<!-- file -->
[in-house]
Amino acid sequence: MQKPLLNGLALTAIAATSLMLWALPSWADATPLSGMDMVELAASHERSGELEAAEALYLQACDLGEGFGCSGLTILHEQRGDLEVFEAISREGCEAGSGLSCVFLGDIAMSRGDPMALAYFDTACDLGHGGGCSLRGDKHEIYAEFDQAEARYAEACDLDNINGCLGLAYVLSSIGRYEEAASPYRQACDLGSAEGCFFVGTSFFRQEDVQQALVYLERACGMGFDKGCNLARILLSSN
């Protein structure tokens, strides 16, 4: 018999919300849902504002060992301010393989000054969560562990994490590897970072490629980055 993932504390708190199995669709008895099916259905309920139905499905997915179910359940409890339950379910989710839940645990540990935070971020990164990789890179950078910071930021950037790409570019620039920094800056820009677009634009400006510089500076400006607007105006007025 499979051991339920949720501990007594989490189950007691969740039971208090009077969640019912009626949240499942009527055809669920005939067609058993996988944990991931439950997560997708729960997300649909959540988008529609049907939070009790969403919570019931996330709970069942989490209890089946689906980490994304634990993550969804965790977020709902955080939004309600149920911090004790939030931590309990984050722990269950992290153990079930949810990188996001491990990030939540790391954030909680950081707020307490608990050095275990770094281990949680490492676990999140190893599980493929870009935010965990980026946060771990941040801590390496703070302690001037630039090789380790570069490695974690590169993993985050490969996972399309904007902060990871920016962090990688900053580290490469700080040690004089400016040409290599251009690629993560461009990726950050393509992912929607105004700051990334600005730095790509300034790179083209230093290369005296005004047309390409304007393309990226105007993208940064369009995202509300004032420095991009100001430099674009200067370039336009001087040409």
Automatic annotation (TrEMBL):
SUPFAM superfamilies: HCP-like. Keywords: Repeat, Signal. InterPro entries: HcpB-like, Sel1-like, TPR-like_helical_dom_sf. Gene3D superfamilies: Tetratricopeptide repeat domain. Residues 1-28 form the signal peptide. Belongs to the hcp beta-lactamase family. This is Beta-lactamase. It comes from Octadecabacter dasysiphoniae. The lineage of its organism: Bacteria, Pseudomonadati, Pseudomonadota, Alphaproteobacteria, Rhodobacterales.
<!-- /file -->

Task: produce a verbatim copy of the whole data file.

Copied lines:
[in-house]
Amino acid sequence: MQKPLLNGLALTAIAATSLMLWALPSWADATPLSGMDMVELAASHERSGELEAAEALYLQACDLGEGFGCSGLTILHEQRGDLEVFEAISREGCEAGSGLSCVFLGDIAMSRGDPMALAYFDTACDLGHGGGCSLRGDKHEIYAEFDQAEARYAEACDLDNINGCLGLAYVLSSIGRYEEAASPYRQACDLGSAEGCFFVGTSFFRQEDVQQALVYLERACGMGFDKGCNLARILLSSN
């Protein structure tokens, strides 16, 4: 018999919300849902504002060992301010393989000054969560562990994490590897970072490629980055 993932504390708190199995669709008895099916259905309920139905499905997915179910359940409890339950379910989710839940645990540990935070971020990164990789890179950078910071930021950037790409570019620039920094800056820009677009634009400006510089500076400006607007105006007025 499979051991339920949720501990007594989490189950007691969740039971208090009077969640019912009626949240499942009527055809669920005939067609058993996988944990991931439950997560997708729960997300649909959540988008529609049907939070009790969403919570019931996330709970069942989490209890089946689906980490994304634990993550969804965790977020709902955080939004309600149920911090004790939030931590309990984050722990269950992290153990079930949810990188996001491990990030939540790391954030909680950081707020307490608990050095275990770094281990949680490492676990999140190893599980493929870009935010965990980026946060771990941040801590390496703070302690001037630039090789380790570069490695974690590169993993985050490969996972399309904007902060990871920016962090990688900053580290490469700080040690004089400016040409290599251009690629993560461009990726950050393509992912929607105004700051990334600005730095790509300034790179083209230093290369005296005004047309390409304007393309990226105007993208940064369009995202509300004032420095991009100001430099674009200067370039336009001087040409």
Automatic annotation (TrEMBL):
SUPFAM superfamilies: HCP-like. Keywords: Repeat, Signal. InterPro entries: HcpB-like, Sel1-like, TPR-like_helical_dom_sf. Gene3D superfamilies: Tetratricopeptide repeat domain. Residues 1-28 form the signal peptide. Belongs to the hcp beta-lactamase family. This is Beta-lactamase. It comes from Octadecabacter dasysiphoniae. The lineage of its organism: Bacteria, Pseudomonadati, Pseudomonadota, Alphaproteobacteria, Rhodobacterales.